In Voters’ Verdicts, Chris Bonneau and Damon Cann address contemporary concerns with judicial elections by investigating factors that influence voters’ decisions in the election of state supreme court judges. Bonneau and Cann demonstrate that the move to nonpartisan elections, while it depresses political participation, does little to mute the effects of partisanship and ideology. The authors note the irony that judicial elections, often faulted for politicizing the legal process, historically represented an attempt to correct the lack of accountability in the selection of judges by appointment, since unlike appointive systems, judicial elections are at least transparent.
This comprehensive study rests on a broad evidentiary base that spans numerous states and a variety of electoral systems. Bonneau and Cann use the first national survey of voters in state supreme court elections paired with novel laboratory experiments to evaluate the influence of incumbency and other ballot cues on voters’ decisions. Data-rich and analytically rigorous, this provocative volume shows why voters decide to participate in judicial elections and what factors they consider in casting their votes.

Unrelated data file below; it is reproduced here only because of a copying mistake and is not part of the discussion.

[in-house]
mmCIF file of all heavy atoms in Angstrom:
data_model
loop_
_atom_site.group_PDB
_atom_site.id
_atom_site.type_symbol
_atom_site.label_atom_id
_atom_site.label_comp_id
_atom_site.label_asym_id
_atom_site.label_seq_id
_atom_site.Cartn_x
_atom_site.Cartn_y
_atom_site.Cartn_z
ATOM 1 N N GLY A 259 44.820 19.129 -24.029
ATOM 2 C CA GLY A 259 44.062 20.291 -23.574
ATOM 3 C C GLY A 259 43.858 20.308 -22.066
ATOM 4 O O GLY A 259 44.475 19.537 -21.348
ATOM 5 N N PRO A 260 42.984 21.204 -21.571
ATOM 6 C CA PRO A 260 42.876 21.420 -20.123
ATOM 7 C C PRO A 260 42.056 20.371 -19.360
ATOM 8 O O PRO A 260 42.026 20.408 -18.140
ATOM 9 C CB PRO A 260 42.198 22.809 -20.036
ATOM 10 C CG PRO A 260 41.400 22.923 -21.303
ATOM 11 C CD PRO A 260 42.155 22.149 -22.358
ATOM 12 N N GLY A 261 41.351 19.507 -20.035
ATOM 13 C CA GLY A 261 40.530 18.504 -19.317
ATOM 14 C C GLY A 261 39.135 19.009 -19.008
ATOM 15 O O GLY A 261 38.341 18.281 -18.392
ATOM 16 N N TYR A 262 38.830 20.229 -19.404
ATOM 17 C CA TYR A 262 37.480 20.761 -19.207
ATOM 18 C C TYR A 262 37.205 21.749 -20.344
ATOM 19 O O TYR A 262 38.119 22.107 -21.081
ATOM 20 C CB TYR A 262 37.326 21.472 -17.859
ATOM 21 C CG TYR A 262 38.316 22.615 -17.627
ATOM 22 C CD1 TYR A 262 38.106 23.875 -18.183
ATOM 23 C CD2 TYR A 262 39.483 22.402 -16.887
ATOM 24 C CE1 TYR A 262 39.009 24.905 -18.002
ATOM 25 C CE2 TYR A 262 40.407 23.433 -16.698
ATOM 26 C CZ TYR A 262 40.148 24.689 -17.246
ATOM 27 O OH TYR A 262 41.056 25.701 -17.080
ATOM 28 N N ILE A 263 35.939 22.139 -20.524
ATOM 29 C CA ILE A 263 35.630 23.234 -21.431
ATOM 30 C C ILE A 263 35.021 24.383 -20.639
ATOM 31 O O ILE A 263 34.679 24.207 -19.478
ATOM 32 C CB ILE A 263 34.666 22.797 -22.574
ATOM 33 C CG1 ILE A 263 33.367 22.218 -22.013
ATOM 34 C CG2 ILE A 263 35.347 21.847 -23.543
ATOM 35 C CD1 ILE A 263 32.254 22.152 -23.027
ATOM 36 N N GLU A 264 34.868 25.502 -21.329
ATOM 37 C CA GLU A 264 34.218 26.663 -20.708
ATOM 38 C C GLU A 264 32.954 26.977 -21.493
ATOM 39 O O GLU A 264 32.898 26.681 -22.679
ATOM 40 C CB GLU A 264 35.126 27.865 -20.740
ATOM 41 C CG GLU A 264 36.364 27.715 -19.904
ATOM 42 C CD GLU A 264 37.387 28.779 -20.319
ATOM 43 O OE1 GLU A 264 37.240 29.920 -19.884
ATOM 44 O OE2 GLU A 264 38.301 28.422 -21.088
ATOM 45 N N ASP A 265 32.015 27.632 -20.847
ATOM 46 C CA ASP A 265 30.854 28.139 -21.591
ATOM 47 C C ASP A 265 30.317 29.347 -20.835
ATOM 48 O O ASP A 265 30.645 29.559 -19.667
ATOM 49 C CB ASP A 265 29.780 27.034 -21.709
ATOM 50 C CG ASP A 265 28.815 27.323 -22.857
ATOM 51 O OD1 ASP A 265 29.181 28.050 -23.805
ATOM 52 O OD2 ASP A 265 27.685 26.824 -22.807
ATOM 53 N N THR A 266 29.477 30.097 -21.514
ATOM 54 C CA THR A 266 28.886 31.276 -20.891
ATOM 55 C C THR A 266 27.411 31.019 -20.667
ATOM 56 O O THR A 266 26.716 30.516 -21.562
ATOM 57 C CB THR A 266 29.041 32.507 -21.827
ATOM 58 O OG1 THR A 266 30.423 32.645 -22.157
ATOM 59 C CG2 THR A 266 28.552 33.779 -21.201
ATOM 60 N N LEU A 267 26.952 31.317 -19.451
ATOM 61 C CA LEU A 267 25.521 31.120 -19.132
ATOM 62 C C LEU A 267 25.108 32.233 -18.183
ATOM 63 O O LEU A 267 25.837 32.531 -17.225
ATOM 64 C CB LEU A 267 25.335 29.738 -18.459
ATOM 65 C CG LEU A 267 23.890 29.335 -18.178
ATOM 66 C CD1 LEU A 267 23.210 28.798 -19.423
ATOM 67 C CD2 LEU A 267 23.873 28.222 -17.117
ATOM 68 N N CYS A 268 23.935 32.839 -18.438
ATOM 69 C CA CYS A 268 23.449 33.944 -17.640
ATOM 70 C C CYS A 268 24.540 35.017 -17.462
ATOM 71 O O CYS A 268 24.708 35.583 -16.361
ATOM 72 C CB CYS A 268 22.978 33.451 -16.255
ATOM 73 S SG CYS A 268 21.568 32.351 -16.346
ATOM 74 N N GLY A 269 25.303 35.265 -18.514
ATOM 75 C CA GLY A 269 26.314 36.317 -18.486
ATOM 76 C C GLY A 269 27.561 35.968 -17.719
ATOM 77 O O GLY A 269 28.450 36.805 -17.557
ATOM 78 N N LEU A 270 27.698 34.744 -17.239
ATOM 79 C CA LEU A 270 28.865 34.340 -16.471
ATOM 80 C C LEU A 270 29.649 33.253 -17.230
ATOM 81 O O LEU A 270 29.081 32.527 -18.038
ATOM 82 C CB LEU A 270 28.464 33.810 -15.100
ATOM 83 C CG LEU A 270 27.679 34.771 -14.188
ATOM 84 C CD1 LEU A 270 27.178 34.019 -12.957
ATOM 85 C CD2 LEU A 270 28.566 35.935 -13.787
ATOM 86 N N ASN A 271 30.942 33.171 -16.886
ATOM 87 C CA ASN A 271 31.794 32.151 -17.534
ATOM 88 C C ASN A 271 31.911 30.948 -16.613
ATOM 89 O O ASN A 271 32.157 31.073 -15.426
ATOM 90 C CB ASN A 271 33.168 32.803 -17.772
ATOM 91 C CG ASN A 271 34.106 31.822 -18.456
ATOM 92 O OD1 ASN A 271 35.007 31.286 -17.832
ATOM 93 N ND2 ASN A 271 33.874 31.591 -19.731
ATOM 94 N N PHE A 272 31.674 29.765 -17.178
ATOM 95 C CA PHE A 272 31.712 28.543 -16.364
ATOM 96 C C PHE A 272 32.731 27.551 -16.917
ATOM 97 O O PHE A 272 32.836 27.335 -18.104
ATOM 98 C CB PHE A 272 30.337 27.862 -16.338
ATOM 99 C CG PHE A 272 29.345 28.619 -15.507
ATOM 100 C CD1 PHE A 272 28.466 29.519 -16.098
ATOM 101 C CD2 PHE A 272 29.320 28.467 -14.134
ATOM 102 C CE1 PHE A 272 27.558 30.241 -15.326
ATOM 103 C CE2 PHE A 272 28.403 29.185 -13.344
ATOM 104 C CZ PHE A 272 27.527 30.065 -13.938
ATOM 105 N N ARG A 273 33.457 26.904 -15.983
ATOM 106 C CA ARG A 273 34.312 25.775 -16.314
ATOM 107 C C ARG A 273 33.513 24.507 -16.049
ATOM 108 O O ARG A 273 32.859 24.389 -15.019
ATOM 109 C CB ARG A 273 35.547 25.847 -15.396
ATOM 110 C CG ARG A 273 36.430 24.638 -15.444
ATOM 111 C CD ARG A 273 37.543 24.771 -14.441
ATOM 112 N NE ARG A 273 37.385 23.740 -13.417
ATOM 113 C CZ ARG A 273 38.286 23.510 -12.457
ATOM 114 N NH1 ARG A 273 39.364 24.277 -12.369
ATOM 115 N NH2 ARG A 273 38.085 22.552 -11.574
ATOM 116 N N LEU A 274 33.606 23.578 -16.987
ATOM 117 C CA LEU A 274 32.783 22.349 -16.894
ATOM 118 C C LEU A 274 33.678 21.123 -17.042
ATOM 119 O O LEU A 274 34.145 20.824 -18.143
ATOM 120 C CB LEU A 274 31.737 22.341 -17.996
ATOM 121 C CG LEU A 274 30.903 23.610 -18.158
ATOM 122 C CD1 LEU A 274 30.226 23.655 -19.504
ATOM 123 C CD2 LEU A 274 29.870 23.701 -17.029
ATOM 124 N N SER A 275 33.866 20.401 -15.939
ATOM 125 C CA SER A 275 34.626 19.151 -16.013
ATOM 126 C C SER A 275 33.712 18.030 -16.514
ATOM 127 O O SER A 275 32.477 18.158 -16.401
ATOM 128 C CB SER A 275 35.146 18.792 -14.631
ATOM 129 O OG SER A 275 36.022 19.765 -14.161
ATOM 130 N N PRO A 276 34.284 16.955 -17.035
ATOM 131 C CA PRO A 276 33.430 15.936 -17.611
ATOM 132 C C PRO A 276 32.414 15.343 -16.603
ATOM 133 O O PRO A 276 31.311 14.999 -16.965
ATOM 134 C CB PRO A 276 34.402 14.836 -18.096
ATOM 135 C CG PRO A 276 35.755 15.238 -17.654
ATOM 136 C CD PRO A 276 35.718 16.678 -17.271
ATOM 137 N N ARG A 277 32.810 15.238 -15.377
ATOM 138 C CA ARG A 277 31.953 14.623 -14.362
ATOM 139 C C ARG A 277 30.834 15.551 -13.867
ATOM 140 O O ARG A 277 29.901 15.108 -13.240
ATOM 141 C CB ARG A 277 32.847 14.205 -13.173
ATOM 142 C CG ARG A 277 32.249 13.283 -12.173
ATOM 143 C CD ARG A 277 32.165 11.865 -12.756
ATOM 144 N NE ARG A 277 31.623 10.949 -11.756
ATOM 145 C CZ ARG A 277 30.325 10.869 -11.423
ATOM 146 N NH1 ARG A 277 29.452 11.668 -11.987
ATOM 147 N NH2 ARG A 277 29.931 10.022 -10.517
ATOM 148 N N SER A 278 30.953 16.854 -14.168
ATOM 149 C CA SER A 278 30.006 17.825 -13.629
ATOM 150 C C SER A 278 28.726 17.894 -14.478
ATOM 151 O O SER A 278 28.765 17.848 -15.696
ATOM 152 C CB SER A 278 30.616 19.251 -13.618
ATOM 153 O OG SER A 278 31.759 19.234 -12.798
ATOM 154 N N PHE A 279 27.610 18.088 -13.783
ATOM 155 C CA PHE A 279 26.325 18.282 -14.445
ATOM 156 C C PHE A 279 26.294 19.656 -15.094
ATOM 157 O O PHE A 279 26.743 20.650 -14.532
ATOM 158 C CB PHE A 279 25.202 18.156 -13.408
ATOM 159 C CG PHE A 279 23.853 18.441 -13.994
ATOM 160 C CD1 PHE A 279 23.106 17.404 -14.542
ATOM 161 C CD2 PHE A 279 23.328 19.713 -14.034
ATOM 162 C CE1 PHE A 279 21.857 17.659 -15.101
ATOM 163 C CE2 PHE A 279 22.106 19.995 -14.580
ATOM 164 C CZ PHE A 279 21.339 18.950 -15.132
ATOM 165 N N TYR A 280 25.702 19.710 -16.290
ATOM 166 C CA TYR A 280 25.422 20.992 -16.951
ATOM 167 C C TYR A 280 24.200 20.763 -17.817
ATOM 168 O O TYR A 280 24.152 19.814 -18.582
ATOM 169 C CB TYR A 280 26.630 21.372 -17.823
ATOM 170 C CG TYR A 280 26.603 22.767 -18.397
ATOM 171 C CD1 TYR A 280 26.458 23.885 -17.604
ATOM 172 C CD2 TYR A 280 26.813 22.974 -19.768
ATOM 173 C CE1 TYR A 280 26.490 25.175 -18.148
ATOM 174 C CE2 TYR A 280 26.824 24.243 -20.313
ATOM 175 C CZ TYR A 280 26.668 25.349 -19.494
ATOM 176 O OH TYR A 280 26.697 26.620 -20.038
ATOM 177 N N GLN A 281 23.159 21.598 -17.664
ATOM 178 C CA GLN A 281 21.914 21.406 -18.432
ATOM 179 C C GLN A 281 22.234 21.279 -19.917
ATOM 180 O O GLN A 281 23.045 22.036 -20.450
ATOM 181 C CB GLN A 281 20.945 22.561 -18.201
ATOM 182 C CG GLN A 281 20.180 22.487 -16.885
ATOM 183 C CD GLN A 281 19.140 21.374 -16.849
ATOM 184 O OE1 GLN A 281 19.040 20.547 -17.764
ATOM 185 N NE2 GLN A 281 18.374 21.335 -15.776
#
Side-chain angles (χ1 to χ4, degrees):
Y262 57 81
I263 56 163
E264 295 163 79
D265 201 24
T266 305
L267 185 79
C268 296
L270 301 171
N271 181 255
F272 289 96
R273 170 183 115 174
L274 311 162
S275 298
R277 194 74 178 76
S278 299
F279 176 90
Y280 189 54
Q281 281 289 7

A volume in the series Constitutionalism and Democracy
There can be no doubt whatsoever that this is a major contribution to the literatures on both state courts in general and judicial elections more specifically. This is an excellent book on a topic of great contemporary interest and importance.
In Voters' Verdicts Chris Bonneau and Damon Cann use a unique national dataset of individuals’ voting decisions to provide important new insights into the judicial election process. Those insights will be significant for the continuing debate over whether to reform the methods used to select and retain judges in the United States.
Past survey-based studies have focused on one or two states, so the shift to a national survey is an important step. With this combination of individual-level data and a cross-state design, the authors could analyze the determinants of participation in supreme court elections and vote choice in new and valuable ways.
Chris W. Bonneau, Associate Professor of Political Science at the University of Pittsburgh, is coauthor with Melinda Gann Hall of In Defense of Judicial Elections. Damon M. Cann, Associate Professor of Political Science at Utah State University, is author of Sharing the Wealth: Member Contributions and the Exchange Theory of Party Influence in the U.S. House of Representatives.